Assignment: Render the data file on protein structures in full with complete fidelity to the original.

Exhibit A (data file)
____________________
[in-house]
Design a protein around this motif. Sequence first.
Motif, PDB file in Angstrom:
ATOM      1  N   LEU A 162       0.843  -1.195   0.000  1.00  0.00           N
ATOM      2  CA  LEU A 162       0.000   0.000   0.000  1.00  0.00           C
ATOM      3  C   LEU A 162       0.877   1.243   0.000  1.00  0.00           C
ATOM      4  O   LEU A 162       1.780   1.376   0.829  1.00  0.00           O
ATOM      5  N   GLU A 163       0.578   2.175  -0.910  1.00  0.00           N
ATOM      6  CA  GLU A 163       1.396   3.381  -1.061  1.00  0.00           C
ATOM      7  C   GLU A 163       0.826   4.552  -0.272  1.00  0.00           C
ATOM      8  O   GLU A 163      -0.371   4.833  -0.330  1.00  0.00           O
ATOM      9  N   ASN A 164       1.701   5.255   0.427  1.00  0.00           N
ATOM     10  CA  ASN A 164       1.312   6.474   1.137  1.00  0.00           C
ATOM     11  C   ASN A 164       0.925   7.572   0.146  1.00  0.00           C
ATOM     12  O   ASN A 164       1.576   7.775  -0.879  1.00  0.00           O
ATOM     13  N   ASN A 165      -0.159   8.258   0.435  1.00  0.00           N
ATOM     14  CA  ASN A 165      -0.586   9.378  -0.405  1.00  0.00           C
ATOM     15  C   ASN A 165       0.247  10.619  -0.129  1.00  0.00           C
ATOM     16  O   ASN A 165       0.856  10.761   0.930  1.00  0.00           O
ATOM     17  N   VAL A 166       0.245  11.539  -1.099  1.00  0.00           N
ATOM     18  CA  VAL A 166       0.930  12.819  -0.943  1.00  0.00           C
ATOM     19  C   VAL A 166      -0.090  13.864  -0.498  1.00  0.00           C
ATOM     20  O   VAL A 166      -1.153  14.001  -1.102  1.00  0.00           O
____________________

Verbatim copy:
[in-house]
Design a protein around this motif. Sequence first.
Motif, PDB file in Angstrom:
ATOM      1  N   LEU A 162       0.843  -1.195   0.000  1.00  0.00           N
ATOM      2  CA  LEU A 162       0.000   0.000   0.000  1.00  0.00           C
ATOM      3  C   LEU A 162       0.877   1.243   0.000  1.00  0.00           C
ATOM      4  O   LEU A 162       1.780   1.376   0.829  1.00  0.00           O
ATOM      5  N   GLU A 163       0.578   2.175  -0.910  1.00  0.00           N
ATOM      6  CA  GLU A 163       1.396   3.381  -1.061  1.00  0.00           C
ATOM      7  C   GLU A 163       0.826   4.552  -0.272  1.00  0.00           C
ATOM      8  O   GLU A 163      -0.371   4.833  -0.330  1.00  0.00           O
ATOM      9  N   ASN A 164       1.701   5.255   0.427  1.00  0.00           N
ATOM     10  CA  ASN A 164       1.312   6.474   1.137  1.00  0.00           C
ATOM     11  C   ASN A 164       0.925   7.572   0.146  1.00  0.00           C
ATOM     12  O   ASN A 164       1.576   7.775  -0.879  1.00  0.00           O
ATOM     13  N   ASN A 165      -0.159   8.258   0.435  1.00  0.00           N
ATOM     14  CA  ASN A 165      -0.586   9.378  -0.405  1.00  0.00           C
ATOM     15  C   ASN A 165       0.247  10.619  -0.129  1.00  0.00           C
ATOM     16  O   ASN A 165       0.856  10.761   0.930  1.00  0.00           O
ATOM     17  N   VAL A 166       0.245  11.539  -1.099  1.00  0.00           N
ATOM     18  CA  VAL A 166       0.930  12.819  -0.943  1.00  0.00           C
ATOM     19  C   VAL A 166      -0.090  13.864  -0.498  1.00  0.00           C
ATOM     20  O   VAL A 166      -1.153  14.001  -1.102  1.00  0.00           O